World Modeling

Abstract

In this chapter we describe popular ways to represent the environment of a mobile robot. For indoor environments, which are often stored using two-dimensional representations, we discuss occupancy grids, line maps, topological maps, and landmark-based representations. Each of these techniques has its own advantages and disadvantages. Whilst occupancy grid maps allow for quick access and can efficiently be updated, line maps are more compact. Also landmark-based maps can efficiently be updated and maintained, however, they do not readily support navigation tasks such as path planning like topological representations do.

Additionally, we discuss approaches suited for outdoor terrain modeling. In outdoor environments, the flat-surface assumption underling many mapping techniques for indoor environments is no longer valid. A very popular approach in this context are elevation and variants maps, which store the surface of the terrain over a regularly spaced grid. Alternatives to such maps are point clouds, meshes, or three-dimensional grids, which provide a greater flexibility but have higher storage demands.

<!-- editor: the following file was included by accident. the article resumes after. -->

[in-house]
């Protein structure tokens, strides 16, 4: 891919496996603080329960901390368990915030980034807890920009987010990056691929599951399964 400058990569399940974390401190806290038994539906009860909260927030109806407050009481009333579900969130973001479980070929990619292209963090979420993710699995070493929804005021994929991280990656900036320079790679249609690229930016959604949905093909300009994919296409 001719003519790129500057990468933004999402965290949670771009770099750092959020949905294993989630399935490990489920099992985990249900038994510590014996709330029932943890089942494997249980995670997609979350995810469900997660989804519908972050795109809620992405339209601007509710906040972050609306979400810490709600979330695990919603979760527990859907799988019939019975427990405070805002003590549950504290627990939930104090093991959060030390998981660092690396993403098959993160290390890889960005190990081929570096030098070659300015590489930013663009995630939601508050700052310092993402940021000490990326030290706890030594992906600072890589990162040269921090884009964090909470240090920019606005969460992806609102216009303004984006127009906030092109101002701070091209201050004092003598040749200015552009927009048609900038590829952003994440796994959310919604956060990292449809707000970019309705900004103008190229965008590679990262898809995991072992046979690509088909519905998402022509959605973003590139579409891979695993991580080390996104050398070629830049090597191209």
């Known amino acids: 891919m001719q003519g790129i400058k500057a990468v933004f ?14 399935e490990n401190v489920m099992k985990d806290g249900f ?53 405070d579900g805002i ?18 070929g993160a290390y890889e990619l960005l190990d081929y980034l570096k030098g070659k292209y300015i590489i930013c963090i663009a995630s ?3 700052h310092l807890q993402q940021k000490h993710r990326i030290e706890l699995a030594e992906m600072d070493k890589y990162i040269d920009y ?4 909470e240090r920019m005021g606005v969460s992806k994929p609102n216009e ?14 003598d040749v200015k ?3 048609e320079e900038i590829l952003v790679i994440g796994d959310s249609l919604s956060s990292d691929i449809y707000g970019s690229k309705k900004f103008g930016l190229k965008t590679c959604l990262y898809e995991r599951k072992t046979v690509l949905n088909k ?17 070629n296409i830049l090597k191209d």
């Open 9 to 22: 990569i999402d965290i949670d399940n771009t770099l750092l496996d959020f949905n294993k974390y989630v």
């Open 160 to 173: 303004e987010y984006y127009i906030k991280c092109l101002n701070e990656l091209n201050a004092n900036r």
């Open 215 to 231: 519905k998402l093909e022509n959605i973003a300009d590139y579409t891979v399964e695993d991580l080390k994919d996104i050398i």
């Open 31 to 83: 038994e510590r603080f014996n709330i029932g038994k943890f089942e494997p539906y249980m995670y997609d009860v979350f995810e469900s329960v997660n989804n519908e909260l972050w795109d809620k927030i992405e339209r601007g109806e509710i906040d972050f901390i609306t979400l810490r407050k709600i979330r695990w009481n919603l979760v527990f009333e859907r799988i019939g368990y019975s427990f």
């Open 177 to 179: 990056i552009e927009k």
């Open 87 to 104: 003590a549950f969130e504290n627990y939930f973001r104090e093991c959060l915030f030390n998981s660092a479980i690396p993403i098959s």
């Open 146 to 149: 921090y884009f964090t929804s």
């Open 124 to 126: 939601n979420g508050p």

2-D

two-dimensional

2.5-D

two-and-a-half-dimensional

3-D

three-dimensional

EKF

extended Kalman filter

EM

expectation maximization

SLAM

simultaneous localization and mapping

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Copyright information

© Springer-Verlag Berlin Heidelberg 2016

Authors and Affiliations

  • Wolfram Burgard
    • 1
  • Martial Hebert
    • 2
  • Maren Bennewitz
    • 3
  1. 1.Institute of Computer ScienceUniversity of FreiburgFreiburgGermany
  2. 2.The Robotics InstituteCarnegie Mellon UniversityPittsburghUSA
  3. 3.Institute for Computer Science VIUniversity of BonnBonnGermany

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